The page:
With the rapid rise of infections, three England’s biggest cities are gradually on the edge of another lockdown
The biggest spike was in Birmingham, where 712 people caught the virus in the seven days up to Saturday.
from about 28 per 100,000 in previous week, new data shows there were more than 60 cases per 100,000 residents in the week to September 4.
Majority of cases are among people aged between 20 and 39, and private indoor gatherings could be responsible for this rise in transmissions
When Birmingham was placed into the ‘enhanced support’ category of Public Health England’s watchlist in August, the city council’s leader Ian Ward said it was a ‘wake-up call’.
Despite tough warnings, more testing and a crackdown on retail and hospitality venues breaching social distancing rules, cases have continued to rocket.
Birmingham’s director of public health, Dr Justin Varney, told BBC News:
‘If you look at what has happened to other areas that have had increasing rates like we have, then we may well see restrictions around household mixing because that does seem to be what is driving it here.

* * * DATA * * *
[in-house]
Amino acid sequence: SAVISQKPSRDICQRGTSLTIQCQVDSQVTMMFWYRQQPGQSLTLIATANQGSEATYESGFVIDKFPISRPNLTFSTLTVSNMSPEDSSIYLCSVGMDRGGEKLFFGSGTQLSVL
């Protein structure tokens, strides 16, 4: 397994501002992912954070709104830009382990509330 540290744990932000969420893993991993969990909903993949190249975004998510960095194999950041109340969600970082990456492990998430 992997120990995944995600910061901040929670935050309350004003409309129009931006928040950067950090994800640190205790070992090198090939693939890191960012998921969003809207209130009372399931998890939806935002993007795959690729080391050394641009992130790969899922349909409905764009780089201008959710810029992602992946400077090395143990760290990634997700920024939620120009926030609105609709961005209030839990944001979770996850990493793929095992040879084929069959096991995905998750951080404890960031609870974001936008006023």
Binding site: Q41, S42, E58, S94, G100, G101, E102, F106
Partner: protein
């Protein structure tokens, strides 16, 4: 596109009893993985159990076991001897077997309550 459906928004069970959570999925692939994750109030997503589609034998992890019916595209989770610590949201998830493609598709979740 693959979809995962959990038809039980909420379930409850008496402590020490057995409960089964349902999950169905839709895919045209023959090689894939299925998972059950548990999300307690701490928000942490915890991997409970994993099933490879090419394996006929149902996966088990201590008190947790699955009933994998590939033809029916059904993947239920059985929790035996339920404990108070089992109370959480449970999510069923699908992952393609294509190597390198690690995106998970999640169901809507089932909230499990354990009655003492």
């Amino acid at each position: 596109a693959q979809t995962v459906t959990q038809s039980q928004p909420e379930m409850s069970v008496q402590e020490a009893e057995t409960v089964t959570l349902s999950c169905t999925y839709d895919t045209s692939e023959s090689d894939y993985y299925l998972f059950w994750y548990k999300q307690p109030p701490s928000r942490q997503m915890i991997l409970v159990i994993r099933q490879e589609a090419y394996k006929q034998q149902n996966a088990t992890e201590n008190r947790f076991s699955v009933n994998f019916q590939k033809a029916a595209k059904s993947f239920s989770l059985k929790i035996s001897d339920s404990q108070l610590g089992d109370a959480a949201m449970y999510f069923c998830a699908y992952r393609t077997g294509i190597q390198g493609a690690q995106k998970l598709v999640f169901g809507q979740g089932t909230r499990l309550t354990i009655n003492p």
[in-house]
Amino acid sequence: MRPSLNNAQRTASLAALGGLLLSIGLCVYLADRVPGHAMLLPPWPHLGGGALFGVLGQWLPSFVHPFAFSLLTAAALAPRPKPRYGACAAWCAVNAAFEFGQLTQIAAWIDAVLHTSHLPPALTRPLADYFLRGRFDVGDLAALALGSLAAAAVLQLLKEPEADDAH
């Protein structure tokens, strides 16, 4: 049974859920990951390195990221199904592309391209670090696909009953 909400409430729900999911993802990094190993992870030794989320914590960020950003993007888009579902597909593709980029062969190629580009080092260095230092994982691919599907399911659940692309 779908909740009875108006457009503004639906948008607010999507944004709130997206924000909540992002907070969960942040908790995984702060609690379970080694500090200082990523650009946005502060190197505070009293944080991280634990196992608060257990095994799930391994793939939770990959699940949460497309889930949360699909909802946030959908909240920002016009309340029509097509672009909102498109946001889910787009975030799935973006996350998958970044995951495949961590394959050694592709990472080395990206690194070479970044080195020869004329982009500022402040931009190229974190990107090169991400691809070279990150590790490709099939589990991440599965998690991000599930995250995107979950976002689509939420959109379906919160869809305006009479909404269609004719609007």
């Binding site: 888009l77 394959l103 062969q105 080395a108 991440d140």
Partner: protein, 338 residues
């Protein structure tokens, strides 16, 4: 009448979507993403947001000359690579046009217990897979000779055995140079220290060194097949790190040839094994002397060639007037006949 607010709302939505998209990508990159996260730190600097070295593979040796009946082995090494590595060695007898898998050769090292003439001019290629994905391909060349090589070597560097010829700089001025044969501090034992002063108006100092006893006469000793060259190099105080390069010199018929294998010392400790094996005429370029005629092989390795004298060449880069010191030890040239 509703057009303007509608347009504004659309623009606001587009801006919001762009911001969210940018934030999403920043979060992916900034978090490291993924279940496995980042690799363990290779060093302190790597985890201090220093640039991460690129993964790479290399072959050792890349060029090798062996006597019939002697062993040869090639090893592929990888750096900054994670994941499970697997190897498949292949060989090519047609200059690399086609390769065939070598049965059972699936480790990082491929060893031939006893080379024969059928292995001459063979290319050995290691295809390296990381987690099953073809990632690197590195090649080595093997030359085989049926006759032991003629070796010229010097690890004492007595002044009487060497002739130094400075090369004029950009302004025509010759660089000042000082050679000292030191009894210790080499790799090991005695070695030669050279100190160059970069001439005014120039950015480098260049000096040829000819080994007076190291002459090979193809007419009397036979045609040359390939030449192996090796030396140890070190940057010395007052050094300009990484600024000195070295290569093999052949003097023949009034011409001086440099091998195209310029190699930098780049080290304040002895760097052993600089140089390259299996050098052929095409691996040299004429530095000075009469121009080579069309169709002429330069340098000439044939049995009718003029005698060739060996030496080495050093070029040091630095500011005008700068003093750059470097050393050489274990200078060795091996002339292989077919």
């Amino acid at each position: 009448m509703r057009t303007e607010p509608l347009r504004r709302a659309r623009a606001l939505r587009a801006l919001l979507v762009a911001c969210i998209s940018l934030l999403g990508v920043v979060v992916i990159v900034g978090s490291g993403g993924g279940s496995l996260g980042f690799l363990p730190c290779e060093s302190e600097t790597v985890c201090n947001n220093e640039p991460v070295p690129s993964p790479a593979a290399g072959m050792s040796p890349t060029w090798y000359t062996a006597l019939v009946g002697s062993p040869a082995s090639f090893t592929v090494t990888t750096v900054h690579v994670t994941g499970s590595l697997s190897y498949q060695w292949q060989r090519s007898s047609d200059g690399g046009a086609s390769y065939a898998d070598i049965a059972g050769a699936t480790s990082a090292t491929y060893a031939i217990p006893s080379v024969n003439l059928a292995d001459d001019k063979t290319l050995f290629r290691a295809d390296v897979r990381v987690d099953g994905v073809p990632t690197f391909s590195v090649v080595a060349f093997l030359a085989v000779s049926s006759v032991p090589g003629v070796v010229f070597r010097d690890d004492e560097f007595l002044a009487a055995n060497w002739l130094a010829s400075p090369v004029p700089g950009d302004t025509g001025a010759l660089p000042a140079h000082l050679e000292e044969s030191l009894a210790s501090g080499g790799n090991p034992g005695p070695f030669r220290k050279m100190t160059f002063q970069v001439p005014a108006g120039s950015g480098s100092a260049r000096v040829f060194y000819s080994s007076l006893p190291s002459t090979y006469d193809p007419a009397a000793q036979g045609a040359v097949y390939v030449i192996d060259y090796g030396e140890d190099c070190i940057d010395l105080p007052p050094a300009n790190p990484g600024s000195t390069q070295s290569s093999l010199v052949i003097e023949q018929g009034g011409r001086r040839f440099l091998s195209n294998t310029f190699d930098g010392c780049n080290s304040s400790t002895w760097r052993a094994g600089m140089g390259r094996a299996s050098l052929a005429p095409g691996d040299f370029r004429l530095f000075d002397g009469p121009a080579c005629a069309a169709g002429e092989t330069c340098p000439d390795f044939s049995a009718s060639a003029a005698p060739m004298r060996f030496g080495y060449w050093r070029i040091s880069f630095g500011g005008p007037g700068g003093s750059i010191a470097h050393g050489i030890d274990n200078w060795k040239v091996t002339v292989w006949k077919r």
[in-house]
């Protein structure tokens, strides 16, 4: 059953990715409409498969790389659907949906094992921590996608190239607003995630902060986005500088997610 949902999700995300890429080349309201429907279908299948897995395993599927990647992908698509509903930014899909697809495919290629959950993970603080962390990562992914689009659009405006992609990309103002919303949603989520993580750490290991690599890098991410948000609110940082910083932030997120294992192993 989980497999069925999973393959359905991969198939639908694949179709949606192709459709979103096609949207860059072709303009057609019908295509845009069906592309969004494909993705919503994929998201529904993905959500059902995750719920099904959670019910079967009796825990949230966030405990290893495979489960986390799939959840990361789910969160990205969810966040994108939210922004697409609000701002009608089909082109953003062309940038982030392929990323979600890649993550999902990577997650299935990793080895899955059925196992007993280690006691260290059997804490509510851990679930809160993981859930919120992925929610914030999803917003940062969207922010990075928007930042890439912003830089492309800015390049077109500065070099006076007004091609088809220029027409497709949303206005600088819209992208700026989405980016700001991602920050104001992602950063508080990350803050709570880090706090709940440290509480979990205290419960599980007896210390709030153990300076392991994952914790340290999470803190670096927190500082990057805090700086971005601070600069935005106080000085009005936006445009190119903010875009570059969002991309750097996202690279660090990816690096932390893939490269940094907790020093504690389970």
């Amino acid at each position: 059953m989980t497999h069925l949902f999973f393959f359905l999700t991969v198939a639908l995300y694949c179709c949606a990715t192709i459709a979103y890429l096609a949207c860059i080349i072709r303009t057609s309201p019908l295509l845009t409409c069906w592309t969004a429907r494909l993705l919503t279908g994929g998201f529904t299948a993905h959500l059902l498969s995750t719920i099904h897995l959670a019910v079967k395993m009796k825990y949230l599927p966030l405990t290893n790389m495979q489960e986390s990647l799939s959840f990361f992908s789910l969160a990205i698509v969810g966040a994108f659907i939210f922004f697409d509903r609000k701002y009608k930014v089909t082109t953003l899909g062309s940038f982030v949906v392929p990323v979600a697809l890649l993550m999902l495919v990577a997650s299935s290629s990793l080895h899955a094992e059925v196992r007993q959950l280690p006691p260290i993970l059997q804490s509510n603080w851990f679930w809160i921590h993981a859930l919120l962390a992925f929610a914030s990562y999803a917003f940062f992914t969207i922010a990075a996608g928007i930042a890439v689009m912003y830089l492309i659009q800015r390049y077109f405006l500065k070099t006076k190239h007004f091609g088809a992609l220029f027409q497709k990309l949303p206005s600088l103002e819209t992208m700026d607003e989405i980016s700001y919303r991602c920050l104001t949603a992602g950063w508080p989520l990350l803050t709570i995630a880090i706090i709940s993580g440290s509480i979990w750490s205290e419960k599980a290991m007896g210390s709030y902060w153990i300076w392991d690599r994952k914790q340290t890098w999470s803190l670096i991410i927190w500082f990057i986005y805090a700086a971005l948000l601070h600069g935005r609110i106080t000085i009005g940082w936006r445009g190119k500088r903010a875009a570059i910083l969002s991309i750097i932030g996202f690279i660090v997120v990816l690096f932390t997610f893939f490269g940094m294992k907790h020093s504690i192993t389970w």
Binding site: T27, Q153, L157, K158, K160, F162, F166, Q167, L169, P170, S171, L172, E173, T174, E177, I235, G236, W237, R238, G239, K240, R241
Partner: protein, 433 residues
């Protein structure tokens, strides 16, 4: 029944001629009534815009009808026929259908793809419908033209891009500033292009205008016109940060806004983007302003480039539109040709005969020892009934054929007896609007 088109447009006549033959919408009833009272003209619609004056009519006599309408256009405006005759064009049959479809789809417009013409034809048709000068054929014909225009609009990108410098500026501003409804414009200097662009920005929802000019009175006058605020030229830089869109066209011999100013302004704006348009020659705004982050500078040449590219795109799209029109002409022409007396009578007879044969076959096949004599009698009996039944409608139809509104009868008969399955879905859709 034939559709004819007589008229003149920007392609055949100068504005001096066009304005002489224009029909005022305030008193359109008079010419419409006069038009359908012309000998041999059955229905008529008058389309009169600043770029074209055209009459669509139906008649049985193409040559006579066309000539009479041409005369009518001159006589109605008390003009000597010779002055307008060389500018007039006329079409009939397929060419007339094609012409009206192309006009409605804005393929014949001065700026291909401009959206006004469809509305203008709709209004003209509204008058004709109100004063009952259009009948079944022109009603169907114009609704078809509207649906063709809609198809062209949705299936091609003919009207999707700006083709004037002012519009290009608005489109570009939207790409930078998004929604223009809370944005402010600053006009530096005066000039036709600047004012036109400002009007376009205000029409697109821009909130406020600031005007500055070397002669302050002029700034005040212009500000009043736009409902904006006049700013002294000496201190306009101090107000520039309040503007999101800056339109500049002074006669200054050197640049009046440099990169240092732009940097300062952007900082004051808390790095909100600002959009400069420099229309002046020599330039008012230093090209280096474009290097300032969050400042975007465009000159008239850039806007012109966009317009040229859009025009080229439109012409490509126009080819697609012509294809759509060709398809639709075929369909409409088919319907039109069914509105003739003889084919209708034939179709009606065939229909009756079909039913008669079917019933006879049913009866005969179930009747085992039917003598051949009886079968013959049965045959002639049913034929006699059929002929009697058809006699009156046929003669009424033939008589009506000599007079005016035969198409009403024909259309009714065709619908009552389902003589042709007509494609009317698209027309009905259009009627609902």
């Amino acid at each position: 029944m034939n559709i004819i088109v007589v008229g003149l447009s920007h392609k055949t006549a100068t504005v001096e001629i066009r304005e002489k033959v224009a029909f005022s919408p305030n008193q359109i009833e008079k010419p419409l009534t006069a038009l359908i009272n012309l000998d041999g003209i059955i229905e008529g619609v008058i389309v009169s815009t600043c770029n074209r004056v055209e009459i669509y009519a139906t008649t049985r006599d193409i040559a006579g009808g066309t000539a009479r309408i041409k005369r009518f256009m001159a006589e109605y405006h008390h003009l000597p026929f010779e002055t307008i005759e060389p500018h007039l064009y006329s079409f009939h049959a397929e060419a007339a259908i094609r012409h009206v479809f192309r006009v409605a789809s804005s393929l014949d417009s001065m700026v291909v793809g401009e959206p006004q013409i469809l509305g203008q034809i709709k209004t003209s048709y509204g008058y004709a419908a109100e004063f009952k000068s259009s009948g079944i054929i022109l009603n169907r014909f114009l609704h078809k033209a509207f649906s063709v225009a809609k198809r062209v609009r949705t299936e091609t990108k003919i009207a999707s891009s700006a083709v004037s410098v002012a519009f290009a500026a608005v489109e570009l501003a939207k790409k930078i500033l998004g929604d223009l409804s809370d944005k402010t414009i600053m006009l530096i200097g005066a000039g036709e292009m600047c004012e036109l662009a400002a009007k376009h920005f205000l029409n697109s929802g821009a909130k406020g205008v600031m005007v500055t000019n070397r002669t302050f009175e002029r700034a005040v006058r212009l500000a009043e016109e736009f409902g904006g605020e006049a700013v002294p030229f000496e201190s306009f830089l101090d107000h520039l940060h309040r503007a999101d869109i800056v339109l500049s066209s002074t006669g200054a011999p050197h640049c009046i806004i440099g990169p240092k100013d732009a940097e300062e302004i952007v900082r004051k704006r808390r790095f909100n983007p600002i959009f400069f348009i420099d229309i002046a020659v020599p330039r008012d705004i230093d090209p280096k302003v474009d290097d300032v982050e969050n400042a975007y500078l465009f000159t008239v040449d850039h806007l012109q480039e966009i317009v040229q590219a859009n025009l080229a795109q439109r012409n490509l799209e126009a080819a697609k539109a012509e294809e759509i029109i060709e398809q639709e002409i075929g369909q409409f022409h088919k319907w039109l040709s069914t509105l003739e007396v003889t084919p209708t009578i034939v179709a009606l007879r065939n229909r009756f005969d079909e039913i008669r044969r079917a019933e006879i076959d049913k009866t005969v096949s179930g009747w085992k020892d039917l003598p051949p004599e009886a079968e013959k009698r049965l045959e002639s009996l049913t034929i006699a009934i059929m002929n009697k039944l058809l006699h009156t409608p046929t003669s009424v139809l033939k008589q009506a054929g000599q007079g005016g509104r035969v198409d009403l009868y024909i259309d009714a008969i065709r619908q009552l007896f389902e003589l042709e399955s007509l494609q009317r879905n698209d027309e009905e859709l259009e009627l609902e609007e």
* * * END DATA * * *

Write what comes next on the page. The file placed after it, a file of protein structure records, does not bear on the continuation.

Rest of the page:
In Leeds, residents were also warned they face restrictions on movement due to a rise in new cases driven by young people.
In the past week, the infection rate has risen from 29.6 per 100,000 to 47.9 per 100,000.
A surge of coronavirus cases has been pinned on house parties, illegal raves and other unlicensed music events.
Council leader Judith Blake urged youngsters to
‘recognise their own responsibility’ in controlling the spread of the disease. She said:
‘We feel there is a bit of a complacency coming in.
What we are seeing is the numbers are changing, and actually more young people are testing positive and they are spread around the city.
‘So whereas we were focusing more on specific communities at the beginning, it is now clear the pattern is changing.’
Another city experience a rise in infections is Liverpool. Cases have risen from 14.9 per 100,000 to 35.7 per 100,000 in the past week.
As many as 200 pupils are now having to self-isolate after positive covid cases were traced to eight of the city’s schools.
Mayor Joe Anderson told the Liverpool Echo:
“We are hearing countless examples of shops in the city full of people not wearing face coverings.”
‘I think all shops in the city have a responsibility to make sure their customers are wearing a mask – apart from the small few exceptions”
‘I think its really important that shops and businesses take that responsibility and make sure these rules are enforced.’